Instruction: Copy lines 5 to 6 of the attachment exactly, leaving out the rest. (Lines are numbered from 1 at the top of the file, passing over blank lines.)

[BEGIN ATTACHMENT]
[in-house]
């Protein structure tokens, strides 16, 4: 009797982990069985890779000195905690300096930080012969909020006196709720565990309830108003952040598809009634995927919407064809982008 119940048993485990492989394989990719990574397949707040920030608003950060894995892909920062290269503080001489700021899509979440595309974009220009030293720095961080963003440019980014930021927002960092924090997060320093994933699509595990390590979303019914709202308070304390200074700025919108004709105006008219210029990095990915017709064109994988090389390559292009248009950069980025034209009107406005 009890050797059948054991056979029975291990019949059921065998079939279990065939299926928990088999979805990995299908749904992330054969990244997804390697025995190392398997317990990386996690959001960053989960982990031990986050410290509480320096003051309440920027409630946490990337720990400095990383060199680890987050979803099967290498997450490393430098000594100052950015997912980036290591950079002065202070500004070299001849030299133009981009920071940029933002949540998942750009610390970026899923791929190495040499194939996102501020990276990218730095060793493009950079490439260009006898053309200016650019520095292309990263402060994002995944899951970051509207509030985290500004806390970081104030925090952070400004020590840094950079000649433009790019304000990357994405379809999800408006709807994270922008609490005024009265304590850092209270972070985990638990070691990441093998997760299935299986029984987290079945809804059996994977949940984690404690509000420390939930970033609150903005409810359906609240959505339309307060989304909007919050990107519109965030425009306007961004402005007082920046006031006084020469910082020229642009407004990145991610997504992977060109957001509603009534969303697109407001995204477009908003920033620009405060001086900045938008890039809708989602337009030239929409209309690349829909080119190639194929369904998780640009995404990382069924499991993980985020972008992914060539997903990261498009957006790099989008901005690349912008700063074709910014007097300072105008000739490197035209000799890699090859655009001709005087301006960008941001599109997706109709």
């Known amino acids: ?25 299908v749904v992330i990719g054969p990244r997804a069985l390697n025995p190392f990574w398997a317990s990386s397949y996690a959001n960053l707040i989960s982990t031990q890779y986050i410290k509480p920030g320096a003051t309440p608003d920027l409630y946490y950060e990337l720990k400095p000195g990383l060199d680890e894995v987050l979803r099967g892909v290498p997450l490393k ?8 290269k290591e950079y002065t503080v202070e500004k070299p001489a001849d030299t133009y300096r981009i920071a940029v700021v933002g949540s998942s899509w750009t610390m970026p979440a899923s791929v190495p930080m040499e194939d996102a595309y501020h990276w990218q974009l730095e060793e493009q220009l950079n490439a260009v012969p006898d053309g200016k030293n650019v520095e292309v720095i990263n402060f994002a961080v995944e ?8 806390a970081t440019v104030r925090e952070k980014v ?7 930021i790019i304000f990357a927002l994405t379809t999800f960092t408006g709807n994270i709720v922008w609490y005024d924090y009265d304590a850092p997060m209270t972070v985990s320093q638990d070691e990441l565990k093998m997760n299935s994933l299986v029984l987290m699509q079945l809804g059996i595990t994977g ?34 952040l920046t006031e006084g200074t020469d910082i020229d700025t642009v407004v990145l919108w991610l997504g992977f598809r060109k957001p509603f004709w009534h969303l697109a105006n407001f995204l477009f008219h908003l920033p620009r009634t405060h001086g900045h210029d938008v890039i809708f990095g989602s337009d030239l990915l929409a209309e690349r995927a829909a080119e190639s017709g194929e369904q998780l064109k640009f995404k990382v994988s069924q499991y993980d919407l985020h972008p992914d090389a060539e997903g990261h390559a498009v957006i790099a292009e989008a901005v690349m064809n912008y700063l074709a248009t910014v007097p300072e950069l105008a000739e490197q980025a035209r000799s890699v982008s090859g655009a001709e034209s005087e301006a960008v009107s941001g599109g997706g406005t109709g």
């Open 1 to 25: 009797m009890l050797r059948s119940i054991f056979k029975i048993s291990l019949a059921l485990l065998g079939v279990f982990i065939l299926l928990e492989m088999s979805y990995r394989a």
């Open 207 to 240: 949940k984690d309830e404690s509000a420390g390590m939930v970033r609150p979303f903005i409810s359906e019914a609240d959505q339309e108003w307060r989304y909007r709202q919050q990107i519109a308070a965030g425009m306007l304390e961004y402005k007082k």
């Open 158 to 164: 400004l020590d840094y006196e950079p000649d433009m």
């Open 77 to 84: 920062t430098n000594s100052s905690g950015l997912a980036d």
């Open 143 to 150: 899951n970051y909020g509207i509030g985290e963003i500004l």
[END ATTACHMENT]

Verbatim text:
């Open 207 to 240: 949940k984690d309830e404690s509000a420390g390590m939930v970033r609150p979303f903005i409810s359906e019914a609240d959505q339309e108003w307060r989304y909007r709202q919050q990107i519109a308070a965030g425009m306007l304390e961004y402005k007082k």
């Open 158 to 164: 400004l020590d840094y006196e950079p000649d433009m």